Clean Coal Is a Myth

Take note: The U.S. is burning coal cleanly. This country’s air is cleaner now than in any other time over the past 50 years. New technology, such as scrubbers, is removing sulfur dioxide emissions, and this cleaner coal is being used to bring electricity to 50% of American homes.

But – and yes, it’s a big but – carbon dioxide is still a problem. “There’s no mass, widely available technology today to capture CO2,” Wisconsin Energy CEO Gale Klappa told Mad Money on Friday, and he thinks we’re still 10 to 12 years away from that.

Klappa, who also serves as chairman and president, did say, however, that his company is working on a way to capture those CO2 emissions. The plan is to use chilled ammonia, and in the lab the process is grabbing as much as 90% of the carbon dioxide emitted. The problem, though, is that the actually application is capturing only 1% of CO2 emissions when tested at one of Wisconsin Energy’s cleanest coal plants.

But Klappa isn’t giving up. His firm is “working the bugs out,” and he thinks the technology “still has real potential.”

These CO2 emissions have been big news lately, as President Obama has unveiled his cap-and-trade plan to curb them. Critics say the plan could create more problems than it solves, and Klappa agreed. He called it “hugely expensive” and cited research that showed consumers may pay up to 56% more for their electricity if cap-and-trade is adopted. Companies such as WEC who deal in coal would be burdened with what is essentially a carbon tax, and they’d have no choice but to pass it on to their customers.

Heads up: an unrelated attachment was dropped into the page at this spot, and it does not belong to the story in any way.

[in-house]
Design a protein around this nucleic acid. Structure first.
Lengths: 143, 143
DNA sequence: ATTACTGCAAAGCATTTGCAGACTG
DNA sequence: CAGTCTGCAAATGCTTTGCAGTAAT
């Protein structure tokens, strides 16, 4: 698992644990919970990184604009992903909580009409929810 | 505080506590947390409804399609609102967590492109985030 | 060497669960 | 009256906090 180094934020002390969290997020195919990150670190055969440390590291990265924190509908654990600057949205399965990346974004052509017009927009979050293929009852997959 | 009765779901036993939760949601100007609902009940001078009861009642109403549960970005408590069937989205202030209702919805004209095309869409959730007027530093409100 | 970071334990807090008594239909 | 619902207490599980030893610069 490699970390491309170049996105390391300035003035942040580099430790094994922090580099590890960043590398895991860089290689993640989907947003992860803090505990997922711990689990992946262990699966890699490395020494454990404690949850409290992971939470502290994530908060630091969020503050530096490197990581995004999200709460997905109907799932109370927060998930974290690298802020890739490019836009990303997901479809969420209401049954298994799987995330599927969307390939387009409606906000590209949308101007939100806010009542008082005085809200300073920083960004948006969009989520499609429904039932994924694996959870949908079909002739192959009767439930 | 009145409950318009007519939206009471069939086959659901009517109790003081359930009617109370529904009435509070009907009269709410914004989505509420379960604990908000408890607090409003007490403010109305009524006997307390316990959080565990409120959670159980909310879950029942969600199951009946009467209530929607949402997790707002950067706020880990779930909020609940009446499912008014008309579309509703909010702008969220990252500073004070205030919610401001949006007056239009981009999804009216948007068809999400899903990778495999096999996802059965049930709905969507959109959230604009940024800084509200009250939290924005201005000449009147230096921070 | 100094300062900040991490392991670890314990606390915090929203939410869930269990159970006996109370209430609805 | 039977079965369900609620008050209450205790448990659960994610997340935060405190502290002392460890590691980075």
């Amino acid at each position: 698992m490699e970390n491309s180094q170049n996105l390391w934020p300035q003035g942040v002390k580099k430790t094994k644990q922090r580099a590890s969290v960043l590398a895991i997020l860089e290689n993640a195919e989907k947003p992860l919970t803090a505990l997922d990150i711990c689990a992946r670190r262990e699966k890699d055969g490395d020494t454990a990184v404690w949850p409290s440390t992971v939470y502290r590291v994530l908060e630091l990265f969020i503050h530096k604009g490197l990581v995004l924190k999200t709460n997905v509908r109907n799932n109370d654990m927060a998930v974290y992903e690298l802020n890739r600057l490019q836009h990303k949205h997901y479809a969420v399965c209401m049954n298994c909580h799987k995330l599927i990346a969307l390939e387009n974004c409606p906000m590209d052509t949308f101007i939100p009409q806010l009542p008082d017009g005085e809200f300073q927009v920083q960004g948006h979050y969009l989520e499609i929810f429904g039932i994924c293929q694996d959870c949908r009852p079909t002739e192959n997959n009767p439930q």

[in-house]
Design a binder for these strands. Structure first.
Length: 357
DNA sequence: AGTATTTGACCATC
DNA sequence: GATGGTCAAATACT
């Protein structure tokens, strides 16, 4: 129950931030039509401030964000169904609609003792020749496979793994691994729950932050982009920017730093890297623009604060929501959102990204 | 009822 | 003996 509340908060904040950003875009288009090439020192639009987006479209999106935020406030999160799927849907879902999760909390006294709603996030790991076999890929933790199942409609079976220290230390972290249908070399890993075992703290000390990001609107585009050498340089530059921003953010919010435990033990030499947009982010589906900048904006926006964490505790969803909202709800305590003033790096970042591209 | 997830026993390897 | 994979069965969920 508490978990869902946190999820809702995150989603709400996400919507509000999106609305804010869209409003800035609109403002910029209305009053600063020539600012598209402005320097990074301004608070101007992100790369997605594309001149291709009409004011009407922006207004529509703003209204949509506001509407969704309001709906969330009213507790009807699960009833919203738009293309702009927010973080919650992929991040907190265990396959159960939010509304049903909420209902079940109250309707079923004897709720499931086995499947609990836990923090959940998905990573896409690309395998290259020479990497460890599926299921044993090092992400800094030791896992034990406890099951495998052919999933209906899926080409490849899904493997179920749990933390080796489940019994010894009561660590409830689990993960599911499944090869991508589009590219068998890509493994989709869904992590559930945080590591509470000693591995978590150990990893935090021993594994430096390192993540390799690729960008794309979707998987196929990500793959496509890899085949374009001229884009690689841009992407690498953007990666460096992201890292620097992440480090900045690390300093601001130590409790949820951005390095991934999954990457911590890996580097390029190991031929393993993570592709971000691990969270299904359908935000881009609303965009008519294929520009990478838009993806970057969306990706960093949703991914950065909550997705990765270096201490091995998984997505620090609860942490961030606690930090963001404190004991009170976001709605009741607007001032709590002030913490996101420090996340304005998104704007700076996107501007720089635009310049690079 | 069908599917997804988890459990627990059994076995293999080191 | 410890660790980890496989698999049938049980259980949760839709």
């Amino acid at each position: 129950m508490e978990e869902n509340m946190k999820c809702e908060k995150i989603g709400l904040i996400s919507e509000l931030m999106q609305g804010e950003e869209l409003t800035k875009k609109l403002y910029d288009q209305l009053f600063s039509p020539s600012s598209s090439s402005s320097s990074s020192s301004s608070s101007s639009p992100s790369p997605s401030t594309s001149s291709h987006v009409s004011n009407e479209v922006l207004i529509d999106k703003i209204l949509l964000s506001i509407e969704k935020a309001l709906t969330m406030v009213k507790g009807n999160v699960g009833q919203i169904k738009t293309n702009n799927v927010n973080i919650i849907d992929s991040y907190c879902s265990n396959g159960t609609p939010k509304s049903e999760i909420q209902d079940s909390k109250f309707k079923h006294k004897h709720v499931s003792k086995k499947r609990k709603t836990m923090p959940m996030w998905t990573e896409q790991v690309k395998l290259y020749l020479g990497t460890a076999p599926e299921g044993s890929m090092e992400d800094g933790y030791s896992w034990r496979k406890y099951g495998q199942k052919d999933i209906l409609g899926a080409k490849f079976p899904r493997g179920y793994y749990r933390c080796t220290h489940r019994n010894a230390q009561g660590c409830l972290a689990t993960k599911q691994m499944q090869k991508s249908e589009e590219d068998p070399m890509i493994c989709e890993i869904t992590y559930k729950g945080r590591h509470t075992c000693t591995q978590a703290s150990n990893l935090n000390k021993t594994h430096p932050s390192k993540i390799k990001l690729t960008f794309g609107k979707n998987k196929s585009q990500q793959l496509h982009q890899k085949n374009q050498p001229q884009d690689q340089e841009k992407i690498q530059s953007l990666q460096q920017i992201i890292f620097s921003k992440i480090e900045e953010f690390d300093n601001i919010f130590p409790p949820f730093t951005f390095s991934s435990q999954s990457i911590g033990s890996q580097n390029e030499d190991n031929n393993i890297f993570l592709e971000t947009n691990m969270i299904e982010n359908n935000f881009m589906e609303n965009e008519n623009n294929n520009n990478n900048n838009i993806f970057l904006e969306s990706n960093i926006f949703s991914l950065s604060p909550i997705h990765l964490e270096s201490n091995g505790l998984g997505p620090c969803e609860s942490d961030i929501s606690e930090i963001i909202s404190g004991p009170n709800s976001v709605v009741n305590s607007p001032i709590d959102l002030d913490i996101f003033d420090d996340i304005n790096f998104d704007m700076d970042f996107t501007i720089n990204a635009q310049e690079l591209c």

The early years of Obama’s plan are “way, way too draconian,” Klappa said. He echoed what others in the energy business have been calling for, which is a slow rollout that would allow WEC and its peers to meet Obama’s requirements over time. That would give them the chance to adjust while at the same time keep costs low for the consumer.

What does Cramer think? Wisconsin Energy is “perhaps the most forward-looking energy company in the country,” he said, and it failed so far to solve this problem. So “the clean coal situation is still not viable.”


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